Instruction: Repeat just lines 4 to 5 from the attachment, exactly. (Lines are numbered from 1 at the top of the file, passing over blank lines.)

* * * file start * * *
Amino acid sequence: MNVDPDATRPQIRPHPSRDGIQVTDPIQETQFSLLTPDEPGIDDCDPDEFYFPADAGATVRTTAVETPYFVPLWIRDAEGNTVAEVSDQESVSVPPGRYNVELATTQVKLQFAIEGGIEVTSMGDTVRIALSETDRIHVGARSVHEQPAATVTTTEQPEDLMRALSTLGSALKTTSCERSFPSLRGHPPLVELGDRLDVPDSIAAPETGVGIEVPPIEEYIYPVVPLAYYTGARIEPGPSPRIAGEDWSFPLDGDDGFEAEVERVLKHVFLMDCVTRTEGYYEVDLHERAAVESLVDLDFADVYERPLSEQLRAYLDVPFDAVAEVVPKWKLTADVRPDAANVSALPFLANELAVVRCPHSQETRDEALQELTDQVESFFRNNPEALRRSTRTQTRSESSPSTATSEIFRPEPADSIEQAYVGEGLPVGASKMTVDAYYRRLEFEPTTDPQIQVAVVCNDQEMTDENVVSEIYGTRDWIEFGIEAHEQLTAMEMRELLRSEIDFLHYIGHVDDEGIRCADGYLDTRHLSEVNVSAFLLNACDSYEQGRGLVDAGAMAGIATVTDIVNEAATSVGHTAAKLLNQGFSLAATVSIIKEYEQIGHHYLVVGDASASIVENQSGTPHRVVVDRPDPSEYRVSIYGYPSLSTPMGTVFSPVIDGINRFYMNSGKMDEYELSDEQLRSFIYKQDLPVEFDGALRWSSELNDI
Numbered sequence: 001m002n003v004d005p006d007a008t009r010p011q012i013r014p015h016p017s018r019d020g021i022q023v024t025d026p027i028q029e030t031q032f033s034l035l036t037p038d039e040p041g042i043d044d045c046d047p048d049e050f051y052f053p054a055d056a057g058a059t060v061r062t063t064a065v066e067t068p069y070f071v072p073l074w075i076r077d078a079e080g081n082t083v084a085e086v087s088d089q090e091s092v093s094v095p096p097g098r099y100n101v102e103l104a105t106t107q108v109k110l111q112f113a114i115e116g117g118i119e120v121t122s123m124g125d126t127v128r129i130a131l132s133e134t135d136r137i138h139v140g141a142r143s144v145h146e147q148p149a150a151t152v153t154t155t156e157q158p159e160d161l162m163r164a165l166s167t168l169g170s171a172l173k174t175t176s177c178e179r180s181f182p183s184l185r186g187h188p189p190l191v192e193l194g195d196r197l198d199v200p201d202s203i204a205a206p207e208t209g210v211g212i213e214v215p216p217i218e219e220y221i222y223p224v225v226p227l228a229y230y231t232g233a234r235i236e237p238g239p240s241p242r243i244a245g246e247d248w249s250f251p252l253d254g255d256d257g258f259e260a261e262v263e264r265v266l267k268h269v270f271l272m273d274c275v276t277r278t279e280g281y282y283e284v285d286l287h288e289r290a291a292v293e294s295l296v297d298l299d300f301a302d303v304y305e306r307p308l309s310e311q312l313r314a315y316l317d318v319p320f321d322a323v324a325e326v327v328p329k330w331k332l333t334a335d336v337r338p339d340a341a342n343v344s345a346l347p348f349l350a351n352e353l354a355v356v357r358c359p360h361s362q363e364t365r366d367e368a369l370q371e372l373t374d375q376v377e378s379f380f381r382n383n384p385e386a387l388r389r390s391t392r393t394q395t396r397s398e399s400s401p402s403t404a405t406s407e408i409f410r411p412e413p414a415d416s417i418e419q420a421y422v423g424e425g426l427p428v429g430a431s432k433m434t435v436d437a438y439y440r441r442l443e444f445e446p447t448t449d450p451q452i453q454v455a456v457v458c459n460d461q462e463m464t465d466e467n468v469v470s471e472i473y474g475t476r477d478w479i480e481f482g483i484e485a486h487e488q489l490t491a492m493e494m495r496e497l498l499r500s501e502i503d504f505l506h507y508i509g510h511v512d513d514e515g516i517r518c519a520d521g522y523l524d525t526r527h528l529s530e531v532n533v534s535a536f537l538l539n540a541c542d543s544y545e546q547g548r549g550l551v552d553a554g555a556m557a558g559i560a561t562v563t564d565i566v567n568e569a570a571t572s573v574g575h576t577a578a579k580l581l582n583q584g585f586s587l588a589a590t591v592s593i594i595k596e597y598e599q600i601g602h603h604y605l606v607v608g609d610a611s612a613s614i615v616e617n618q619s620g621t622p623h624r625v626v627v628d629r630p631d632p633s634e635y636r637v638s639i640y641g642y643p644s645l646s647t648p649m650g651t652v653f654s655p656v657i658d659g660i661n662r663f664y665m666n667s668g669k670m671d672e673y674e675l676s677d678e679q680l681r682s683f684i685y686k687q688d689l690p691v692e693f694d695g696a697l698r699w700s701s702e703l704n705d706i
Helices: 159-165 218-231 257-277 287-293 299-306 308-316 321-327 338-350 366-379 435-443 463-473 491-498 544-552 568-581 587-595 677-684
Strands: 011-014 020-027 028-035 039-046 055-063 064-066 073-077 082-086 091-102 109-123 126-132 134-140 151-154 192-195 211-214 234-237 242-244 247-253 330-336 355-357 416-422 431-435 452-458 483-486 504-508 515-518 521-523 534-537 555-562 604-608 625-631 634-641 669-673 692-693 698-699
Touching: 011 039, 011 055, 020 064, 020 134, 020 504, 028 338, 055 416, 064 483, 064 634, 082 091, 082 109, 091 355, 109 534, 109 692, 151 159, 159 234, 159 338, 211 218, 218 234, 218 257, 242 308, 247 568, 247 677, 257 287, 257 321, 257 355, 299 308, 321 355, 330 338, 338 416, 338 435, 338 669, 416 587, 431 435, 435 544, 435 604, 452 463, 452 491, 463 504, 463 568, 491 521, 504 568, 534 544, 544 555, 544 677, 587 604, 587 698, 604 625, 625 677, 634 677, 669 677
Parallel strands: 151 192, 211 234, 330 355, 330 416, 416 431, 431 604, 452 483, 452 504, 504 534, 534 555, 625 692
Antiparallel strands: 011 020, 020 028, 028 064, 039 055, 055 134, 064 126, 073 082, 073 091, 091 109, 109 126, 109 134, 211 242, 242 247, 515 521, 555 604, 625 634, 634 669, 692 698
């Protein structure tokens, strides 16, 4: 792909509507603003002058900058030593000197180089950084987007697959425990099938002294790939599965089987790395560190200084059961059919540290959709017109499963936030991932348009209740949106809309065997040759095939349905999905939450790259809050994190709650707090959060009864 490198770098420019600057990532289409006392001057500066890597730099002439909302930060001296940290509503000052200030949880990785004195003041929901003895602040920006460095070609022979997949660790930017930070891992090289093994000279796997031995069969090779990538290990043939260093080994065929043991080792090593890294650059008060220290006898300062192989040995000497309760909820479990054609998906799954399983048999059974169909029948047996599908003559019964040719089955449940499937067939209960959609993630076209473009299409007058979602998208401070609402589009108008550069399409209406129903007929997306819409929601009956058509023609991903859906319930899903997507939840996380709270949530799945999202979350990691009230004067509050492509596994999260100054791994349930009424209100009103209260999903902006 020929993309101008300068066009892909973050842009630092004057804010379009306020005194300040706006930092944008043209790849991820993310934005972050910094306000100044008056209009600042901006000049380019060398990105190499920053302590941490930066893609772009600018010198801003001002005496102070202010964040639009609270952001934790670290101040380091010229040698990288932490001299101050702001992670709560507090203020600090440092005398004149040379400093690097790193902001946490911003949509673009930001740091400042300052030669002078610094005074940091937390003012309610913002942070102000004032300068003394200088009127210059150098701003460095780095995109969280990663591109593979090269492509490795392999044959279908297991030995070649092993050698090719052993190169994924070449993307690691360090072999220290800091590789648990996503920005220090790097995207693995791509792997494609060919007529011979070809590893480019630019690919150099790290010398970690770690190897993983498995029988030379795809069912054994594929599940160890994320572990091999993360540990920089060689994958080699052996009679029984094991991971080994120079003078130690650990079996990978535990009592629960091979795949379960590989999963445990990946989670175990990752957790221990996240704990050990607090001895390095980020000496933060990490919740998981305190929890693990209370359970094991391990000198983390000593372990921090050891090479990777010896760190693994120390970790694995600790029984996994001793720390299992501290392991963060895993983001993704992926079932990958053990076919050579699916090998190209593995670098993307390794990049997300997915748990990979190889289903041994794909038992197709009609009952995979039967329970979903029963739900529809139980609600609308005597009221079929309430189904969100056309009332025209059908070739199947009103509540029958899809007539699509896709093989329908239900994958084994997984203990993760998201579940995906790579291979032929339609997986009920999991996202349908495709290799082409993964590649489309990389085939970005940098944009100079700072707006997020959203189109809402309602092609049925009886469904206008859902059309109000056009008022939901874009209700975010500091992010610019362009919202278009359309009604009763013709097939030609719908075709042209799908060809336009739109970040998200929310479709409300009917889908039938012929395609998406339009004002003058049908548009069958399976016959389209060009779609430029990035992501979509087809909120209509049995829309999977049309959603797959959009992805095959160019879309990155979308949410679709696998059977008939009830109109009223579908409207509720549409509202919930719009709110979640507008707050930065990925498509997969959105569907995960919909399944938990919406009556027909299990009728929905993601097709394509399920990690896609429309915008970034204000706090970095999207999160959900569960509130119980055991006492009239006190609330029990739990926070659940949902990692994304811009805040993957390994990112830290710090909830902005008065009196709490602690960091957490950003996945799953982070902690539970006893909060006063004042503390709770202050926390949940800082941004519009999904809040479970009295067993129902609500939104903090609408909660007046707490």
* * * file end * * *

Strands: 011-014 020-027 028-035 039-046 055-063 064-066 073-077 082-086 091-102 109-123 126-132 134-140 151-154 192-195 211-214 234-237 242-244 247-253 330-336 355-357 416-422 431-435 452-458 483-486 504-508 515-518 521-523 534-537 555-562 604-608 625-631 634-641 669-673 692-693 698-699
Touching: 011 039, 011 055, 020 064, 020 134, 020 504, 028 338, 055 416, 064 483, 064 634, 082 091, 082 109, 091 355, 109 534, 109 692, 151 159, 159 234, 159 338, 211 218, 218 234, 218 257, 242 308, 247 568, 247 677, 257 287, 257 321, 257 355, 299 308, 321 355, 330 338, 338 416, 338 435, 338 669, 416 587, 431 435, 435 544, 435 604, 452 463, 452 491, 463 504, 463 568, 491 521, 504 568, 534 544, 544 555, 544 677, 587 604, 587 698, 604 625, 625 677, 634 677, 669 677